Mediterranean Migrant Arrivals Reach 72,263 in 2019; Deaths Reach 1,041
Geneva – IOM reports that 72,263 migrants and refugees have entered Europe by sea through 2 October, roughly a 14 per cent decrease from the 84,345 arriving during the same period last year.
Arrivals this year to Greece and Spain are at 39,155 and 17,405, respectively (56,560 combined), accounting for about 78 per cent of the regional total, with the balance arriving in much smaller numbers to Italy, Malta and Cyprus. Arrivals to Greece are running approximately 60 per cent ahead of 2018’s totals from this time. Arrivals to Spain are more than 50 per cent lower.
Deaths recorded on the three main Mediterranean Sea routes through 3 October are at 1,041 individuals – or about 55 per cent of the 1,890 deaths confirmed during the same period in 2018 (see chart below).
The 1,041 deaths at sea include the deaths of several dozen people documented on sea routes across the Mediterranean in the past 10 days.
Most recently, on 28 September, 16 people died and 37 went missing in a shipwreck off the coast of Mohammédia, in Morocco’s Atlantic coast, just 27km north of Casablanca. Three survivors were rescued by the Moroccan Royal Navy, and the remains of seven people, including those of a young woman, washed ashore on the same day on Plage Zenata, in the municipality of Ain Harrouda.
Two days later, on Monday 30 September, the remains of five other people were found on a nearby beach, then remains of six more were recovered. Local NGOs Les Ponts Solidaires and the Association Marocaine des Droits Humains reported several dozen more remain missing. This is the deadliest incident that has taken place on this route since 17 January 2019, when a boat with 53 people on board disappeared without a trace in the Alborán Sea.
According to Missing Migrants Project data, 315 lives have been lost on the Western Mediterranean route between 1 January and 1 October 2019.
In the Eastern Mediterranean, five children and two women drowned when a boat capsized in the eastern Aegean Sea on 27 September. Twelve survivors were rescued from the water near Oinousses, about 8km from the Turkish coast. At least 66 people have died this year attempting the crossing from Turkey to the Greek islands, including 23 children and 12 women.
These latest incidents brought the total number of deaths documented in the Mediterranean in 2019 to 1,041, the sixth year that more than one thousand deaths have been recorded on this sea crossing. the MMP data base as of today has calculated 18,960 deaths or missing-and-presumed drowned victims since 1 January 2014.
2014: 3,283 deaths
2015: 4,055 deaths
2016: 5,143 deaths
2017: 3,139 deaths
2018: 2,299 deaths
Total = 18,960
Adding to these data those lost in the 2013 Lampedusa tragedy brings the total number fatalities over six years to well over 19,000 men, women and children.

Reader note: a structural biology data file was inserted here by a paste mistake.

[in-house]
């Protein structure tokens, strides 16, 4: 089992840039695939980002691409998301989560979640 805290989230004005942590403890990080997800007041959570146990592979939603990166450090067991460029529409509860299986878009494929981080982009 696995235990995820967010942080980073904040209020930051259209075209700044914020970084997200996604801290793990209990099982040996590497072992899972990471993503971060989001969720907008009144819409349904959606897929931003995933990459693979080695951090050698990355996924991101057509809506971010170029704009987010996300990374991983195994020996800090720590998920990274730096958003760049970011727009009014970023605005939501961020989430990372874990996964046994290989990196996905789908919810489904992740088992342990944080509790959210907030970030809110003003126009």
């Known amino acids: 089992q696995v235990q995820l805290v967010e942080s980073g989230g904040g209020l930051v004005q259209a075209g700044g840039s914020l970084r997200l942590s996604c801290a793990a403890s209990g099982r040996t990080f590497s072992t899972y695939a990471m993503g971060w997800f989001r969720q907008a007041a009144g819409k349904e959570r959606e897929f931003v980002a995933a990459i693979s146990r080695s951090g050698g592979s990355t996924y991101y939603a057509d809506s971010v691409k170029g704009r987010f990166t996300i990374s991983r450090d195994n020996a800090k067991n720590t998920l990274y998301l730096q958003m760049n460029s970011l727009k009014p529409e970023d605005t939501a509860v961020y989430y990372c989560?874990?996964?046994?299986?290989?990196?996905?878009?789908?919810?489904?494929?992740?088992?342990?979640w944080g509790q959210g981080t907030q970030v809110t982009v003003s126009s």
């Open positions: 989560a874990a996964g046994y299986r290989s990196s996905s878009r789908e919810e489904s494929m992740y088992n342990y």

IOM’s Missing Migrants Project does not have data for the calendar year 2013, but certainly its researchers are aware of other shipwrecks with loss of life that year as well.
IOM Italy’s Flavio Di Giacomo reported Thursday on the gathering of refugee organizations, civil society, international organizations (including IOM) in Lampedusa to commemorate the tragic shipwreck of 3 October 2013, during which 368 migrants lost their lives.
In memory of the tragedy, Italy established in 2016 the “National Day of Remembrance for the Victims of Immigration”.
“October the 3rd is a date that we must never forget,” said Laurence Hart, Director of IOM’s Coordination Office for the Mediterranean. “Last night, 72 lives were saved by the Italian Coast Guard, but this year almost 1,000 people lost their lives along the Central Mediterranean’s routes, which still remains the most dangerous migration route of the world. The tragedy of six years ago must still serve to remind us that saving human lives is an absolute priority. Behind the arrival data there are always men, women and children who lead extremely difficult lives, having faced dramatic and painful experiences.”
Di Giacomo also reported that on the night of Wednesday, 2 October, 72 people were rescued by the Italian Coast Guard and brought to the island of Lampedusa. Conditions on board were dramatic and, due to severe weather, the rescue proved extremely difficult. Those present onboard included young Bengali males and women from West Africa. The migrants left Zwara, Libya, the night of Monday 30 September.
Among the rescued migrants was a 30-year-old Cameroonian woman, who told IOM staff she survived the July 2nd attack at the Tajoura Centre in Libya. “I almost died in Tajoura and I lost my younger brother; he didn't make it,” she said. She explained: “I was taken to the hospital, but shortly thereafter they transferred me to the same centre again.”